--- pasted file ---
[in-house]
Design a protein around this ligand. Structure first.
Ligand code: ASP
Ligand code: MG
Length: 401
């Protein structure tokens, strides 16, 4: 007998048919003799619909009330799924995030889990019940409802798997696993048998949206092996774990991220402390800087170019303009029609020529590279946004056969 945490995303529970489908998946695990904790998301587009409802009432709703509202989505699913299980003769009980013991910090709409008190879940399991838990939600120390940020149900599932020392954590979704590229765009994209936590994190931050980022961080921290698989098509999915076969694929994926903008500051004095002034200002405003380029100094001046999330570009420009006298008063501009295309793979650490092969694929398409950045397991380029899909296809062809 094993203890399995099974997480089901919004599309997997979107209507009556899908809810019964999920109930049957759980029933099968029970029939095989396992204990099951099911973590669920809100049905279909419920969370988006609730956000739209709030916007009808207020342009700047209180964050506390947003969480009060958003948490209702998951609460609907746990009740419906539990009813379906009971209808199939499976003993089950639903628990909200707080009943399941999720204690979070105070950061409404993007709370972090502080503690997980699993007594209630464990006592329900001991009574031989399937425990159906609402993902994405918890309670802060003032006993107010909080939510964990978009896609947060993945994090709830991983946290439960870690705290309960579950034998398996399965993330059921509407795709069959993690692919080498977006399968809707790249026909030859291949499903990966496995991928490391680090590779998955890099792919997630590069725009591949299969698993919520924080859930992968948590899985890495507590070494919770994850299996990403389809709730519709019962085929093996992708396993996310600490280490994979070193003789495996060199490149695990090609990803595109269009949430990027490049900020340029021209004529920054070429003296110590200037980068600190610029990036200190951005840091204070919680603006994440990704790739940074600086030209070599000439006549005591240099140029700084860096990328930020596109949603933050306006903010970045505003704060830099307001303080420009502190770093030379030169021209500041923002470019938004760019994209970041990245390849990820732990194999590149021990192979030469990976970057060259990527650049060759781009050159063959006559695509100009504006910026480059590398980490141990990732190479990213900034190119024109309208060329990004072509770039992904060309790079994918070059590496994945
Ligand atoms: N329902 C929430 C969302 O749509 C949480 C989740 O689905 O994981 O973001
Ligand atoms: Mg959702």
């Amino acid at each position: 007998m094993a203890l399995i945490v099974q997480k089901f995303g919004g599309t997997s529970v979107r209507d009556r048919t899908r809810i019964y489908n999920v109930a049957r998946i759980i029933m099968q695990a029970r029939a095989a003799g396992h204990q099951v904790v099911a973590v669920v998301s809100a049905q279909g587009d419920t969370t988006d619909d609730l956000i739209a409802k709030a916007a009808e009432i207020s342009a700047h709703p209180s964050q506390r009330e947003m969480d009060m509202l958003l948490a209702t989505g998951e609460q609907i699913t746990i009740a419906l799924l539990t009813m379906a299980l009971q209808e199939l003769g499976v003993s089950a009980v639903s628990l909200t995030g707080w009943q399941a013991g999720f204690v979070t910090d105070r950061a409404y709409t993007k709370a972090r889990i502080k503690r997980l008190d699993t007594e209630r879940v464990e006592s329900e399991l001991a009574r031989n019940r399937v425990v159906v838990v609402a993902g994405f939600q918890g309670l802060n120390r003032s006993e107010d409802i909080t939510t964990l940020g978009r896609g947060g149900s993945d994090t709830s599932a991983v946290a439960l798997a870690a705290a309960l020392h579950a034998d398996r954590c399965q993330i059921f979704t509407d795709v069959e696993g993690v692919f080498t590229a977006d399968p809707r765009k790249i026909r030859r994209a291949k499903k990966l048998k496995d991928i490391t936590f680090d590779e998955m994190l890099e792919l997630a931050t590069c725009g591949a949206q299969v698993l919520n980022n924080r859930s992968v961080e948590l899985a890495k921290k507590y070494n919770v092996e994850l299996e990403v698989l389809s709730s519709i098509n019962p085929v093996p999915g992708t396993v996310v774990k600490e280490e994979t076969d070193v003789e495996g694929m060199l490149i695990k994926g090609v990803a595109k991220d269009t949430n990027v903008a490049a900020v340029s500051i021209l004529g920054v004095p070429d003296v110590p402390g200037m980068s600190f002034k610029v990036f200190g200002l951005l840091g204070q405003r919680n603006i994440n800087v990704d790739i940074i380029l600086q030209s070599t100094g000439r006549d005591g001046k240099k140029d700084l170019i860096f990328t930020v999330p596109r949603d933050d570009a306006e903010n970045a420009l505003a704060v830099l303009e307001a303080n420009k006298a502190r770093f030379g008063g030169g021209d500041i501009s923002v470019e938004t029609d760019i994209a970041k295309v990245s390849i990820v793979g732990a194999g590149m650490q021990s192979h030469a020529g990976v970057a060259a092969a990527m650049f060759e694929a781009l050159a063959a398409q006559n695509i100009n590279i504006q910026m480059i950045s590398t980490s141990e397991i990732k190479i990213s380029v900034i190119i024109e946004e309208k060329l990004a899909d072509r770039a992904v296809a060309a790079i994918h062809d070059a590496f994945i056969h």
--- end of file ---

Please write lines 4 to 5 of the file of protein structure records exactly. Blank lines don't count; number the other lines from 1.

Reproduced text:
Ligand code: MG
Length: 401